D is for Dubliners

2014 marks the 100th anniversary of Joyce’s debut Dubliners, which was written while he was in his early 20s. The collection shows that Joyce had more or less already done as much as he could with the conventional short story, and closes with one of his - and last century’s - finest short works, “The Dead”. In a modern setting, this sort of intrepid restlessness is recognisable in the work of the above-mentioned Butler, in whose work a person can get lost for days and days and days.

E is for Essay

Works which in previous times might have been camouflaged and published as fiction are increasingly appearing in their own right in the form of crafted, personal essays.  Recent significant examples of this could be Mira Gonzalez’s “A Depressed Person’s Failed Review of Blue is the Warmest Color”, Guillaume Morisette’s “How I Failed at Life in Quebec City”, and Megan Boyle’s “How to Be Alone”.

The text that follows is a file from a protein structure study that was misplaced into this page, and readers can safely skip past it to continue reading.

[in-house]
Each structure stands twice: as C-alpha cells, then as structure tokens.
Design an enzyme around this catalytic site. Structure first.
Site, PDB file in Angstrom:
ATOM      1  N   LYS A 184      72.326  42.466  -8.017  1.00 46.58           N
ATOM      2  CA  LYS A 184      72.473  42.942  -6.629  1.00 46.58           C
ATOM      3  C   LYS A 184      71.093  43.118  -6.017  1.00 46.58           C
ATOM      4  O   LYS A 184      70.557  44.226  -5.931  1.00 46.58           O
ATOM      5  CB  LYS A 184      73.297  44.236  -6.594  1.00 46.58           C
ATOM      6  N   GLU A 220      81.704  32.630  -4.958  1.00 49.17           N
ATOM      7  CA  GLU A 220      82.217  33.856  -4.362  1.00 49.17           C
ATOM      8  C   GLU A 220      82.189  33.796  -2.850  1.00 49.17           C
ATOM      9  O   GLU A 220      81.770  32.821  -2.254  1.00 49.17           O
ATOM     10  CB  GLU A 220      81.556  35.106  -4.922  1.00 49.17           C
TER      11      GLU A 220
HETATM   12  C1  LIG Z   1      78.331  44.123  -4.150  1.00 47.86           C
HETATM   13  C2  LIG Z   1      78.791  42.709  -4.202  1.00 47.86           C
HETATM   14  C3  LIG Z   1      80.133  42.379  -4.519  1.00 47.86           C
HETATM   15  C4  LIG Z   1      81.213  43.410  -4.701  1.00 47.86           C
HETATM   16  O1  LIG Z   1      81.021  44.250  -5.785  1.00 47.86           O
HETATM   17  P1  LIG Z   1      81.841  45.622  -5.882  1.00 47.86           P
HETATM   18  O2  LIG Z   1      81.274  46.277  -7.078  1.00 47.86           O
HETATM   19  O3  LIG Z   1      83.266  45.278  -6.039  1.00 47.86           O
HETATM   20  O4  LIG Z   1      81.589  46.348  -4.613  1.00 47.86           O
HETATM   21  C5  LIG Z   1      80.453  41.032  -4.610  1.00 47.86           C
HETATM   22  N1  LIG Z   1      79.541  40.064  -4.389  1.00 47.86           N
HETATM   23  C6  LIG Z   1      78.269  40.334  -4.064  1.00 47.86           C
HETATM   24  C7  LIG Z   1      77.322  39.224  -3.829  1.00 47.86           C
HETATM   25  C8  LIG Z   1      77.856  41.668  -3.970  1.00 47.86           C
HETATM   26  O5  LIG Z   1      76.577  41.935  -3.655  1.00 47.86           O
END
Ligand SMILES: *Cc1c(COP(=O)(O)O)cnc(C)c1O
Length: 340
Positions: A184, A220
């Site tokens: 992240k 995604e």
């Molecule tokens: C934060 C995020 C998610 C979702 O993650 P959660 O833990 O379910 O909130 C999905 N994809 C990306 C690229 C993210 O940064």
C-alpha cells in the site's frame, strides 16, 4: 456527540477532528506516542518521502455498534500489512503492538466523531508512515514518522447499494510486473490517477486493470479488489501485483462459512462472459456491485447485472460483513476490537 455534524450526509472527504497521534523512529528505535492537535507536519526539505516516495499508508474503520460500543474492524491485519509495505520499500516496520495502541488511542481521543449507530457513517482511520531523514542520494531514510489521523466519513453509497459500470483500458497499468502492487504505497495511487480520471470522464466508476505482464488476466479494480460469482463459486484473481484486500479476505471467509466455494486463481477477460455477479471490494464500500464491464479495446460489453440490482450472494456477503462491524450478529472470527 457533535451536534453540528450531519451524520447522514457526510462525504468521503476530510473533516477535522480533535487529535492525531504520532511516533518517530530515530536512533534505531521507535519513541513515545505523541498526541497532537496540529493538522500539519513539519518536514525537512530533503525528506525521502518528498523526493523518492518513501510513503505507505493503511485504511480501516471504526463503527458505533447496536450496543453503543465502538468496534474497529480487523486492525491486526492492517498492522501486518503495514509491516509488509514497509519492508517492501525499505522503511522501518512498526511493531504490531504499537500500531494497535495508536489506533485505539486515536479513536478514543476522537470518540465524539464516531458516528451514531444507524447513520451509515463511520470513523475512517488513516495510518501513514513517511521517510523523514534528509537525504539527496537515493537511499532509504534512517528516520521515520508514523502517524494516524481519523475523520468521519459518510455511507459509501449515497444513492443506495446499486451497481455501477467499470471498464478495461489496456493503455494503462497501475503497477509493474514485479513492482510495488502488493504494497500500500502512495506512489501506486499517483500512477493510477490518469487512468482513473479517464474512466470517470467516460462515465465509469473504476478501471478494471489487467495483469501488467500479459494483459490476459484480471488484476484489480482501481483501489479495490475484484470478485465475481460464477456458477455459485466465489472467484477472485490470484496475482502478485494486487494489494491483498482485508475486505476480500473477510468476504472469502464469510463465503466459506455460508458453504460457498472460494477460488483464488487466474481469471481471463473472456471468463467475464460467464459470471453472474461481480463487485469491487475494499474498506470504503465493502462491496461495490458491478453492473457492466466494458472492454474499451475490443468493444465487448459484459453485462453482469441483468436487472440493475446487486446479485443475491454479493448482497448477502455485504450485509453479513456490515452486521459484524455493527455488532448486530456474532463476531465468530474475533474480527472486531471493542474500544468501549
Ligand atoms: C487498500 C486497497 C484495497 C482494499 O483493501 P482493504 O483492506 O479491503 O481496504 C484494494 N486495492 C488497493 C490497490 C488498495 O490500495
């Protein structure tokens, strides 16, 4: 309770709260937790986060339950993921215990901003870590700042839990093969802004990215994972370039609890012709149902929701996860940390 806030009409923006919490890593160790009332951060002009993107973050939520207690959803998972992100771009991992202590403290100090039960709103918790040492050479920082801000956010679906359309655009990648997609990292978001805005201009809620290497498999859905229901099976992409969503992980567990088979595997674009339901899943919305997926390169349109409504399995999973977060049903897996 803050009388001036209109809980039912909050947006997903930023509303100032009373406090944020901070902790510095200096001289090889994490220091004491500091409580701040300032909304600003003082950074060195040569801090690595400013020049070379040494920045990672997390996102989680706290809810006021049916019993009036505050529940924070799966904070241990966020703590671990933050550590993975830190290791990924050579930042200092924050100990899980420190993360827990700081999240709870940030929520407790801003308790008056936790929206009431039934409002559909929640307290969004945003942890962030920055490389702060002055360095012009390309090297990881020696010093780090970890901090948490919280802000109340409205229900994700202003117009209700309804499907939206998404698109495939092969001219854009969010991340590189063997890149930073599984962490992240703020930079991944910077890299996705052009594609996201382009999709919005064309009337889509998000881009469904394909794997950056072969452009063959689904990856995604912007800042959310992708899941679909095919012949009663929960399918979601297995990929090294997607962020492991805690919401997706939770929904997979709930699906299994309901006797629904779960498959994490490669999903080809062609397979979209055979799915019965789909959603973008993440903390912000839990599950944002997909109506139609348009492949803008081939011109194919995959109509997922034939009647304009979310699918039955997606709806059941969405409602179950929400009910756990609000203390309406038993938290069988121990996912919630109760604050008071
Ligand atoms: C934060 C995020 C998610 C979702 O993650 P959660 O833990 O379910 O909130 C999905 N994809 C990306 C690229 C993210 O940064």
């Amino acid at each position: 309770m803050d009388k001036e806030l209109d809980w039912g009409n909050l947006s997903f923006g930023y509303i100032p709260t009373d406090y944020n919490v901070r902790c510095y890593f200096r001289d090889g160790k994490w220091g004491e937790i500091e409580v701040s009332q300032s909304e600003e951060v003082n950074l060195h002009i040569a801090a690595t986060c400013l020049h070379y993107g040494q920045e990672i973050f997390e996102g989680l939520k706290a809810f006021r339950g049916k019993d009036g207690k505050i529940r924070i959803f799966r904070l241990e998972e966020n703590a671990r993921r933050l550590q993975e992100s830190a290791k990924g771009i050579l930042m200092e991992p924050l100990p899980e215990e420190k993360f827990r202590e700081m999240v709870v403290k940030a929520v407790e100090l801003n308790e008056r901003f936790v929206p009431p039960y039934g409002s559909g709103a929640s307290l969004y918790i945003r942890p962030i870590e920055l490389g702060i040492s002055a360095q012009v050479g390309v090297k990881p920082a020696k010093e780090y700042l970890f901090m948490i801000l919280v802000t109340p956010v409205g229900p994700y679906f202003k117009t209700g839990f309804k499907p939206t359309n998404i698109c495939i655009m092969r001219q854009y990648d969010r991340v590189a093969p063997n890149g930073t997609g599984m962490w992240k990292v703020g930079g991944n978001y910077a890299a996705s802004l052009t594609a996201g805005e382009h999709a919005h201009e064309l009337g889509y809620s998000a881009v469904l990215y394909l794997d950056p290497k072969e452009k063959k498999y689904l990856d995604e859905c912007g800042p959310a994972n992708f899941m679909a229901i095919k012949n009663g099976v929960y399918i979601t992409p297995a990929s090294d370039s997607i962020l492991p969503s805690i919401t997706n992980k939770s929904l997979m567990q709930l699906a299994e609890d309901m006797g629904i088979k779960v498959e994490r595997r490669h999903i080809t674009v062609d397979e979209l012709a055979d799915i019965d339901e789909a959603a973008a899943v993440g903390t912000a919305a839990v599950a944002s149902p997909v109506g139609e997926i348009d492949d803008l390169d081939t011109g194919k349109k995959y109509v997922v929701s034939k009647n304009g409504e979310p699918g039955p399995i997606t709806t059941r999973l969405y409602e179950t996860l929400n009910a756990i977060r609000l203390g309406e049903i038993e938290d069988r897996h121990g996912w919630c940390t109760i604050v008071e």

F is for Fleetwood Mac

Stephen O’Toole’s gloomily luminous short work “Tusk” is named for Fleetwood Mac album, and features a main character named The Stevie Nicks Pervert. O’Toole is one of a crop of young British writers doing compelling things with the short story, alongside people such as Lucy K Shaw and Socrates Adams, whose story “Wide and Deep” was featured in Best British Short Stories 2012.

G is for Glaser

Rachel B Glaser’s debut collection “Pee on Water” was a contender for both best and worst book title in the history of literature, but her writing is moving, brainy and hard as hell. She was recently awarded the Amanda Davis Highwire Fiction Award and some of her finest work online includes “The Kid” and “Dream House”. She also has an unnatural gift for painting NBA players.

H is for Hobart